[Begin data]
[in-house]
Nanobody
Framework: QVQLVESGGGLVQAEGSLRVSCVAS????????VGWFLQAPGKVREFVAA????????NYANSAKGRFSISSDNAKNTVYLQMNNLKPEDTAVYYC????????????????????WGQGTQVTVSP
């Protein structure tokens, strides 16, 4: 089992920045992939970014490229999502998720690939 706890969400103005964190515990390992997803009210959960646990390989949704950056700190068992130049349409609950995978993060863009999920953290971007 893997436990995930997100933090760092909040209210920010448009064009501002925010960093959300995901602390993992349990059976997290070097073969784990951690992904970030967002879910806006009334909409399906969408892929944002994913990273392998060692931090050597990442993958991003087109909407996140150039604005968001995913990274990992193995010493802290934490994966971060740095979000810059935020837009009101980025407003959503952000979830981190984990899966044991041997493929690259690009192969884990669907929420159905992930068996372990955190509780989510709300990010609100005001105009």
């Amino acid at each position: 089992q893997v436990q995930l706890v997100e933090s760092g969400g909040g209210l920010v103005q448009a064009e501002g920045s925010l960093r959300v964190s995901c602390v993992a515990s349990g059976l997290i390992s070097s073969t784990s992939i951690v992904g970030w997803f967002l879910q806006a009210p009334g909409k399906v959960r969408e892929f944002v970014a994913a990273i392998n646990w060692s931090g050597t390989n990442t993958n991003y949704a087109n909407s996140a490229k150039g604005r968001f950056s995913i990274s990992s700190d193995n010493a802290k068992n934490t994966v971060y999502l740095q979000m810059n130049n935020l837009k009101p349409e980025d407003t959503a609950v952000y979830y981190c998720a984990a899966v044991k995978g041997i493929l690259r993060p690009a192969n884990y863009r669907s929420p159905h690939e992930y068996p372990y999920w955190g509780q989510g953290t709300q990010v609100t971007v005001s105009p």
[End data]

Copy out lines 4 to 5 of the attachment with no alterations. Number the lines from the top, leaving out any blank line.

């Protein structure tokens, strides 16, 4: 089992920045992939970014490229999502998720690939 706890969400103005964190515990390992997803009210959960646990390989949704950056700190068992130049349409609950995978993060863009999920953290971007 893997436990995930997100933090760092909040209210920010448009064009501002925010960093959300995901602390993992349990059976997290070097073969784990951690992904970030967002879910806006009334909409399906969408892929944002994913990273392998060692931090050597990442993958991003087109909407996140150039604005968001995913990274990992193995010493802290934490994966971060740095979000810059935020837009009101980025407003959503952000979830981190984990899966044991041997493929690259690009192969884990669907929420159905992930068996372990955190509780989510709300990010609100005001105009």
């Amino acid at each position: 089992q893997v436990q995930l706890v997100e933090s760092g969400g909040g209210l920010v103005q448009a064009e501002g920045s925010l960093r959300v964190s995901c602390v993992a515990s349990g059976l997290i390992s070097s073969t784990s992939i951690v992904g970030w997803f967002l879910q806006a009210p009334g909409k399906v959960r969408e892929f944002v970014a994913a990273i392998n646990w060692s931090g050597t390989n990442t993958n991003y949704a087109n909407s996140a490229k150039g604005r968001f950056s995913i990274s990992s700190d193995n010493a802290k068992n934490t994966v971060y999502l740095q979000m810059n130049n935020l837009k009101p349409e980025d407003t959503a609950v952000y979830y981190c998720a984990a899966v044991k995978g041997i493929l690259r993060p690009a192969n884990y863009r669907s929420p159905h690939e992930y068996p372990y999920w955190g509780q989510g953290t709300q990010v609100t971007v005001s105009p």